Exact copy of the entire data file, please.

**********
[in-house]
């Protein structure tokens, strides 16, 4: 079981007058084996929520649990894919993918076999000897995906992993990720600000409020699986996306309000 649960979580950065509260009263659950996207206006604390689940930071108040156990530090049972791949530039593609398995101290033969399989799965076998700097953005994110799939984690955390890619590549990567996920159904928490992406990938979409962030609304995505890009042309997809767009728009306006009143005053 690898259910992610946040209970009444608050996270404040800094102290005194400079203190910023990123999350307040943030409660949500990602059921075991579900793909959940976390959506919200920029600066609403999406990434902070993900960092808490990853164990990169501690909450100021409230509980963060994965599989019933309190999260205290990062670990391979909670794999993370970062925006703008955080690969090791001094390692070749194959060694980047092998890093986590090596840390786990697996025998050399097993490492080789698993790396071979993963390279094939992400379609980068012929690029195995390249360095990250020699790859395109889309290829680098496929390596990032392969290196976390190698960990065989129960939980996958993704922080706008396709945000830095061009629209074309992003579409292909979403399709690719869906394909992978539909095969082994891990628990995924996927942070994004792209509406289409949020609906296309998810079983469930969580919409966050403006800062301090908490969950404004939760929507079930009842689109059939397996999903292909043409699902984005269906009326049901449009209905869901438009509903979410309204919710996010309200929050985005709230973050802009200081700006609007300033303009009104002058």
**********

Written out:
[in-house]
């Protein structure tokens, strides 16, 4: 079981007058084996929520649990894919993918076999000897995906992993990720600000409020699986996306309000 649960979580950065509260009263659950996207206006604390689940930071108040156990530090049972791949530039593609398995101290033969399989799965076998700097953005994110799939984690955390890619590549990567996920159904928490992406990938979409962030609304995505890009042309997809767009728009306006009143005053 690898259910992610946040209970009444608050996270404040800094102290005194400079203190910023990123999350307040943030409660949500990602059921075991579900793909959940976390959506919200920029600066609403999406990434902070993900960092808490990853164990990169501690909450100021409230509980963060994965599989019933309190999260205290990062670990391979909670794999993370970062925006703008955080690969090791001094390692070749194959060694980047092998890093986590090596840390786990697996025998050399097993490492080789698993790396071979993963390279094939992400379609980068012929690029195995390249360095990250020699790859395109889309290829680098496929390596990032392969290196976390190698960990065989129960939980996958993704922080706008396709945000830095061009629209074309992003579409292909979403399709690719869906394909992978539909095969082994891990628990995924996927942070994004792209509406289409949020609906296309998810079983469930969580919409966050403006800062301090908490969950404004939760929507079930009842689109059939397996999903292909043409699902984005269906009326049901449009209905869901438009509903979410309204919710996010309200929050985005709230973050802009200081700006609007300033303009009104002058």